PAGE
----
Veterinary sector and NHS join forces for pilot antibiotic amnesty in November
For the first time, the veterinary profession is working with NHS England (Midlands) to launch a pioneering campaign that encourages the public to return out-of-date and unused antibiotics to help tackle the growing issue of antimicrobial resistance (AMR).
The antibiotic amnesty is taking place during November 2022, overlapping with World Antibiotic Awareness Week (18-24 November). During the amnesty, pet owners will be encouraged to return out-of-date and unused antibiotics for safe disposal. Veterinary practices will also direct any human antibiotics to NHS pharmacies.
Fergus Allerton, AMR lead at veterinary group Linnaeus, is helping coordinate the amnesty on behalf of the veterinary sector. He said:
“The veterinary profession has a responsibility to ensure judicious use of antimicrobials. AMR has been declared one of the top ten global public health threats by the World Health Organisation and all environmental contamination with antibiotics will only worsen this issue.
“With the veterinary sector collaborating with human health colleagues on this amnesty, we are adopting a One Health approach to support the welfare of people, pets and the planet. In doing so, we can jointly help to reduce the risk of AMR and preserve the efficacy of important antimicrobials long into the future.”
Veterinary groups taking part in the amnesty comprise CVS Group, IVC Evidensia, Linnaeus and Vets4Pets. They are joined by the BEVA, BSAVA, BVA, FIVP, NOAH, RCVS, RCVS Knowledge, RUMA CA&E, VMD and the Bella Moss Foundation.*
Veterinary practices are encouraged to promote the campaign through reception posters, reminders by client care teams, updates on social media and website resources (all available at https://rumacae.org.uk/vet-antibioticamnesty and https://knowledge.rcvs.org.uk/amr/antibiotic-amnesty). An animated film communicating the central message of the amnesty will be shared on social media and is available to all practices to use on their social media channels.
Pet owners will also be asked to complete a short survey on the RUMA CA&E website via a QR code and https://rumacae.org.uk/antibioticamnesty. The survey intends to identify the reasons behind leftover antibiotic medications and to evaluate public understanding of AMR and antibiotic disposal.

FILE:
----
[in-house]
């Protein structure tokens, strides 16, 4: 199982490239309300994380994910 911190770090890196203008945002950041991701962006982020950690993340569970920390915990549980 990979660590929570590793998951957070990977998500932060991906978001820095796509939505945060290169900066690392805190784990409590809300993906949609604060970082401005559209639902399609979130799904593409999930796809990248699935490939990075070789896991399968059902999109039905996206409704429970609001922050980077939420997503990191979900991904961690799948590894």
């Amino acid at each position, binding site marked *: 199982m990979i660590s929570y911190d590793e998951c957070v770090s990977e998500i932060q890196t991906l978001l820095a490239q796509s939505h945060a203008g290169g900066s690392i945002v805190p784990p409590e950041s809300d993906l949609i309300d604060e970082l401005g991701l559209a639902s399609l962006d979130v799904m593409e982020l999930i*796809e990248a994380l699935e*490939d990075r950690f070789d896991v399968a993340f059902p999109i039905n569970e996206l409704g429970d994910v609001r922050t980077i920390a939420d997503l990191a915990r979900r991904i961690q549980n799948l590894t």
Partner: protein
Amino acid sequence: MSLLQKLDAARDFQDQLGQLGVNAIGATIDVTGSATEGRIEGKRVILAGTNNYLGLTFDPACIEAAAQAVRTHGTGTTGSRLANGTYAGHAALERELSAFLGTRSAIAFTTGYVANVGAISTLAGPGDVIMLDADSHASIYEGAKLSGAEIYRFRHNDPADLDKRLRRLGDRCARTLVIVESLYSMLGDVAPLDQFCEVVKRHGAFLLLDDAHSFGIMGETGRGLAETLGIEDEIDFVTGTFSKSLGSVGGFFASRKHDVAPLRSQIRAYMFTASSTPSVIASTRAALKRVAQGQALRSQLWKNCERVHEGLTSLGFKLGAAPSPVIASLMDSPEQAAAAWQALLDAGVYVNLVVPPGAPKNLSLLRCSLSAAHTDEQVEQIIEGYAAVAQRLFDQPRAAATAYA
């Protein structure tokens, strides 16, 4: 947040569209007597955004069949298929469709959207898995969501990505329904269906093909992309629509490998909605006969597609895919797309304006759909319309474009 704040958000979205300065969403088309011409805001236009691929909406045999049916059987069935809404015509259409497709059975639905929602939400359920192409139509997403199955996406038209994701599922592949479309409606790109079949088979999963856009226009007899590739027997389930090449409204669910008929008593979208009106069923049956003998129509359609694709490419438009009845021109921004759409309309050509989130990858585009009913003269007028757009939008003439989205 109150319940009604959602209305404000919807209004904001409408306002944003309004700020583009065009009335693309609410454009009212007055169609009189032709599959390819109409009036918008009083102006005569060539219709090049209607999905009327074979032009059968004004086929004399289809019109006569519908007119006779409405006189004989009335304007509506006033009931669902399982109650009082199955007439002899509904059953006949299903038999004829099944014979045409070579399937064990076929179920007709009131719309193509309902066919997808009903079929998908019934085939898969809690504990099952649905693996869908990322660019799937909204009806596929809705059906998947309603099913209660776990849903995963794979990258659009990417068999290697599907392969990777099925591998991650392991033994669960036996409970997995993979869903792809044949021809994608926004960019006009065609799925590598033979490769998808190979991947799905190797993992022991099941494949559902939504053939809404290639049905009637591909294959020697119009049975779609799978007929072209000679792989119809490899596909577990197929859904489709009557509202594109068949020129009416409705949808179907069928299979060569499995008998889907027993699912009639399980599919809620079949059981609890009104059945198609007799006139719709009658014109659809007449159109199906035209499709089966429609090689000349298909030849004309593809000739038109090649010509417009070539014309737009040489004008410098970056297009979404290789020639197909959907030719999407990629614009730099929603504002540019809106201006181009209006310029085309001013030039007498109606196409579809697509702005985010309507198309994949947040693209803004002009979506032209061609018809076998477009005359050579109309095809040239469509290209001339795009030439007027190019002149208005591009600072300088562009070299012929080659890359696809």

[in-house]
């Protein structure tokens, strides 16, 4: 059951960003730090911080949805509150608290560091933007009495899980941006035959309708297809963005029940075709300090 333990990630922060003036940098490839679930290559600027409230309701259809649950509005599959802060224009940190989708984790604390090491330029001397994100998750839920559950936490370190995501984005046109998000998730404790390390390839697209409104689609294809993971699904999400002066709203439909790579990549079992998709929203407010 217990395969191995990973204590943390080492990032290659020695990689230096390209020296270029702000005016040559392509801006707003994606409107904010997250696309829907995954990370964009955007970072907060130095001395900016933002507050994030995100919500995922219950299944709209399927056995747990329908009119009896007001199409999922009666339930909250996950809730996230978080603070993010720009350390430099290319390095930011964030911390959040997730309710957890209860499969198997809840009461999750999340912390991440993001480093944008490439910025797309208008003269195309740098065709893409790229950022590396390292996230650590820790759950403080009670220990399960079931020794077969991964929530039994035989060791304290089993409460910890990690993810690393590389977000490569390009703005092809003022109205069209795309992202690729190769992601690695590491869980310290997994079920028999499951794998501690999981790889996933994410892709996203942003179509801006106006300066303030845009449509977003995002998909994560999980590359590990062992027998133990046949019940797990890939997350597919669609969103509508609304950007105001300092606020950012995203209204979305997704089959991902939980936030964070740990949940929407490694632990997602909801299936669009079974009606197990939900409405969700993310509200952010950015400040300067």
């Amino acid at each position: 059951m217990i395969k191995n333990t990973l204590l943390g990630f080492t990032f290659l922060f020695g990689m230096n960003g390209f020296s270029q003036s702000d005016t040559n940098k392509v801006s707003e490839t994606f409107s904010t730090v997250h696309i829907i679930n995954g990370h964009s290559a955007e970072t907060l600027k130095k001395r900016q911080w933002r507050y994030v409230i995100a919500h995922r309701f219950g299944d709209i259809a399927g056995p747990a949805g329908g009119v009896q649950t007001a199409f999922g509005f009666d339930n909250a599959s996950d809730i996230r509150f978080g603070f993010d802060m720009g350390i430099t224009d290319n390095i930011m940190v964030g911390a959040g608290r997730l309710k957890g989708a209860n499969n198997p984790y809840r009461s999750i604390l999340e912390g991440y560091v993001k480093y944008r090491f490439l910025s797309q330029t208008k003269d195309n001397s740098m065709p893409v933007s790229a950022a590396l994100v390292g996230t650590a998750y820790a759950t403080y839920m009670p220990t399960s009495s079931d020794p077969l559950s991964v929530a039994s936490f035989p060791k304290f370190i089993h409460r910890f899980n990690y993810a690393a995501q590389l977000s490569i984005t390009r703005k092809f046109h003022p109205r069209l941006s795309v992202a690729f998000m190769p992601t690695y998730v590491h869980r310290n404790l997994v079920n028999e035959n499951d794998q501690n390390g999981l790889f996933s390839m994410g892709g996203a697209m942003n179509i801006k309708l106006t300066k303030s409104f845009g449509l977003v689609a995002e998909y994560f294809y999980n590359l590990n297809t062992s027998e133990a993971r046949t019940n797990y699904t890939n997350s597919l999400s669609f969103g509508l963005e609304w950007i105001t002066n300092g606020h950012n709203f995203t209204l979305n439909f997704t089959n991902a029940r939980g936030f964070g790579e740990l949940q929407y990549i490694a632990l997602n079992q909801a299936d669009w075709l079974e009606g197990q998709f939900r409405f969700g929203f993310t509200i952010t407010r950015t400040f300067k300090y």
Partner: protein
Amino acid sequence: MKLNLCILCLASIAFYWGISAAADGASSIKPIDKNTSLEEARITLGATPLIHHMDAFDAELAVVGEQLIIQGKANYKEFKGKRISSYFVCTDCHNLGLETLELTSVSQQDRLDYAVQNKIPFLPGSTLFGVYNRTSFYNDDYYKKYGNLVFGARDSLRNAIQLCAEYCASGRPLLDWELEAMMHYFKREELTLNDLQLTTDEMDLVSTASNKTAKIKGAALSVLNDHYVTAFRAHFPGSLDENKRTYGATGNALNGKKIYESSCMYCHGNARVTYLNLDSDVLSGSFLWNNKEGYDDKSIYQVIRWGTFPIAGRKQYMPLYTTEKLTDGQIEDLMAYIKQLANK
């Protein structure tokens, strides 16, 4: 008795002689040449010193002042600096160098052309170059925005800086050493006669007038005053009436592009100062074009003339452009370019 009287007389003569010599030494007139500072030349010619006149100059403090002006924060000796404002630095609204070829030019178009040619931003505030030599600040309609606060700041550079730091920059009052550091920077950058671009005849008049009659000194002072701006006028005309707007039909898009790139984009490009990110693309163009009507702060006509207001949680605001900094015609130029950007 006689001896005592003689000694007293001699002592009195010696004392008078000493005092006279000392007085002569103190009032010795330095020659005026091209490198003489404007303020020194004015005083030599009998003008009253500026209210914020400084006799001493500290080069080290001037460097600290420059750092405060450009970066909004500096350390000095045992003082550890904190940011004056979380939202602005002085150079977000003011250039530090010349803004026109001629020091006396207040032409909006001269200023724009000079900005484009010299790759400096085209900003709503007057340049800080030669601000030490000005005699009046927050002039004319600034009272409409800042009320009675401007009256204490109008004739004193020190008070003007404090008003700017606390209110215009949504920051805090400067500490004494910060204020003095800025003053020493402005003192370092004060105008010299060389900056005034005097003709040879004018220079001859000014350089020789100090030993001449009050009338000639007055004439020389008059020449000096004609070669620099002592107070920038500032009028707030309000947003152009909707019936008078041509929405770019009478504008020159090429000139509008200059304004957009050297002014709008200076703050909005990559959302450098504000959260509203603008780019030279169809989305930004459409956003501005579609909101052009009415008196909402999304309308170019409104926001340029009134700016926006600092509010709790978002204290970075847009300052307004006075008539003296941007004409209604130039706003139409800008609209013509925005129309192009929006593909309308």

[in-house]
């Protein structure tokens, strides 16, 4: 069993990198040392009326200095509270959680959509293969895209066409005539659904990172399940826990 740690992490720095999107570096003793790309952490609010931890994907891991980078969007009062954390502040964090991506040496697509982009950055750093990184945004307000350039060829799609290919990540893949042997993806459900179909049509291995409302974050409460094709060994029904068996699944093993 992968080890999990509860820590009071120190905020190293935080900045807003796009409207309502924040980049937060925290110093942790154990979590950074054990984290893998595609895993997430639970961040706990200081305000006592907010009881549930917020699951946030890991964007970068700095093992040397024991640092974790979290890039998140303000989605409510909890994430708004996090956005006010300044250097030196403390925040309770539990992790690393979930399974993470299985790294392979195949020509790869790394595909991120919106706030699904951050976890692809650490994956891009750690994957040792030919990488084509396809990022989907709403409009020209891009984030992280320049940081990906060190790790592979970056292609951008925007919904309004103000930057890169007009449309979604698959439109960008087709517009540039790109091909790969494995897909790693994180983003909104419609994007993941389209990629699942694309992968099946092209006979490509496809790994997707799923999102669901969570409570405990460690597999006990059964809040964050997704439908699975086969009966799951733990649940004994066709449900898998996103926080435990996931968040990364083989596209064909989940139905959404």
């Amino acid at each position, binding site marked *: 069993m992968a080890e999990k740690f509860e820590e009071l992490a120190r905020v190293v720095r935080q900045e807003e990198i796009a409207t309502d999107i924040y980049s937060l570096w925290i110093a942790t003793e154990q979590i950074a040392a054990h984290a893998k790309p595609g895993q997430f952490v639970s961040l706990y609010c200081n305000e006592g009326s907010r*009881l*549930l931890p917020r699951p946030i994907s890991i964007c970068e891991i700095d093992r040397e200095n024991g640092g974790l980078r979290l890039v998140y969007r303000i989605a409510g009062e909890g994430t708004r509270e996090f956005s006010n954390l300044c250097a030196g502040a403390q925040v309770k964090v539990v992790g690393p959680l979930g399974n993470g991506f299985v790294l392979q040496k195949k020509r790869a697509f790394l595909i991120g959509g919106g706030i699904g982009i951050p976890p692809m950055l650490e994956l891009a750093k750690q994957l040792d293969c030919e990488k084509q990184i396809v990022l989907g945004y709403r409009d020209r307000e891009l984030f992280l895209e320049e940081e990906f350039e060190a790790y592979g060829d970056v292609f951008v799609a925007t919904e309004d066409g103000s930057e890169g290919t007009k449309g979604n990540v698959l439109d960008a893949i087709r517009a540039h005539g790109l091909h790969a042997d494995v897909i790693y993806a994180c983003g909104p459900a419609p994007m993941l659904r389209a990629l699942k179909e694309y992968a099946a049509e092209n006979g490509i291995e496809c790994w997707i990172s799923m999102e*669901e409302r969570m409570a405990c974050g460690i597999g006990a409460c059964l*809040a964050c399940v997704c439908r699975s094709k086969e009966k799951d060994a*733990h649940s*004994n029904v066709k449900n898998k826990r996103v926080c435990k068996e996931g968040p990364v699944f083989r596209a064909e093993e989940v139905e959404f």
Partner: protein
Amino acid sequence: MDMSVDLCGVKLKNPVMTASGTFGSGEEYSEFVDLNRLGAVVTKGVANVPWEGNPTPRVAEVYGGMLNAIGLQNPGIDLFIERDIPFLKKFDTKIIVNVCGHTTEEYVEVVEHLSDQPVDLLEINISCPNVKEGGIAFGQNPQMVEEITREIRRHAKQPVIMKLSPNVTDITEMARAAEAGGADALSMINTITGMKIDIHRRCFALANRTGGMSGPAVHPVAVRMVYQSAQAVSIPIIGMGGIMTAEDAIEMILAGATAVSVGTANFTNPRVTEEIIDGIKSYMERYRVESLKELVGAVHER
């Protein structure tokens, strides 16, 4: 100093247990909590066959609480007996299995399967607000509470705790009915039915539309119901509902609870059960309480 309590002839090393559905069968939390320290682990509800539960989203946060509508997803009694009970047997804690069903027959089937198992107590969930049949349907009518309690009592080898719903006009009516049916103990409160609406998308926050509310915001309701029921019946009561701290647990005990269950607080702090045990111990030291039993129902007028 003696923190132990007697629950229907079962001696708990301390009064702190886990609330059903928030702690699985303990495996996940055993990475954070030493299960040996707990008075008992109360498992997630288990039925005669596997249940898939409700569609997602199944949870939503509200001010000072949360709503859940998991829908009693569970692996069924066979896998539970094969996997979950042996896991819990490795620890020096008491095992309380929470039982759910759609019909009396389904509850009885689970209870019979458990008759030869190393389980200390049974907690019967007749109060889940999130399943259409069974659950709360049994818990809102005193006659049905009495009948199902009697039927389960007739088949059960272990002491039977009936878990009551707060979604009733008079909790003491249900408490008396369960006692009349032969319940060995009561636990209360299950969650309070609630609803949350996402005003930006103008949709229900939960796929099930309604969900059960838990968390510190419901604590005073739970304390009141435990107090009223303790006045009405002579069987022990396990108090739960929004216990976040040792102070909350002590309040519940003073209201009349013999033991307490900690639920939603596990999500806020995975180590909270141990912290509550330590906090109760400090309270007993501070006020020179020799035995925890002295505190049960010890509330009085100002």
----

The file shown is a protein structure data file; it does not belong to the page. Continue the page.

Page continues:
Last year, the NHS in the Midlands launched a regional antibiotic amnesty, with participating pharmacies encouraged to discuss appropriate antibiotic disposal with patients and collect leftover antibiotics. This resulted in almost 8,000 amnesty-related conversations with patients and nearly 500 packs of antibiotics returned for safe disposal.
Dr Conor Jamieson, Regional Antimicrobial Stewardship Lead, Midlands Region at NHS England, commented:
“Delivering a coordinated response across all types of healthcare provision will make a much bigger impact on addressing AMR. This One Health approach provides more opportunities to educate the public and encourage positive behaviour when disposing of antibiotics.”
Every participating veterinary practice will need to have a collection box available throughout November, with staff asked to record the number of returned packs and share their results with BSAVA via an online form (https://www.surveymonkey.co.uk/r/VetABamnesty). All practices reporting back to BSAVA will be entered into a prize draw.
The prizes include two practice registrations to BSAVA Congress; one registration to BEVA Congress; a year’s access to the BSAVA online manual collection for up to five people; an individual The Webinar Vet membership; the latest NOAH compendium; and a BSAVA manual for five practices.
From June 2023 it will be a regulatory requirement for all practices to actively take back medicines under the RCVS Practice Standards Scheme at veterinary general practitioner level.
To take part in the amnesty, please contact Fergus Allerton at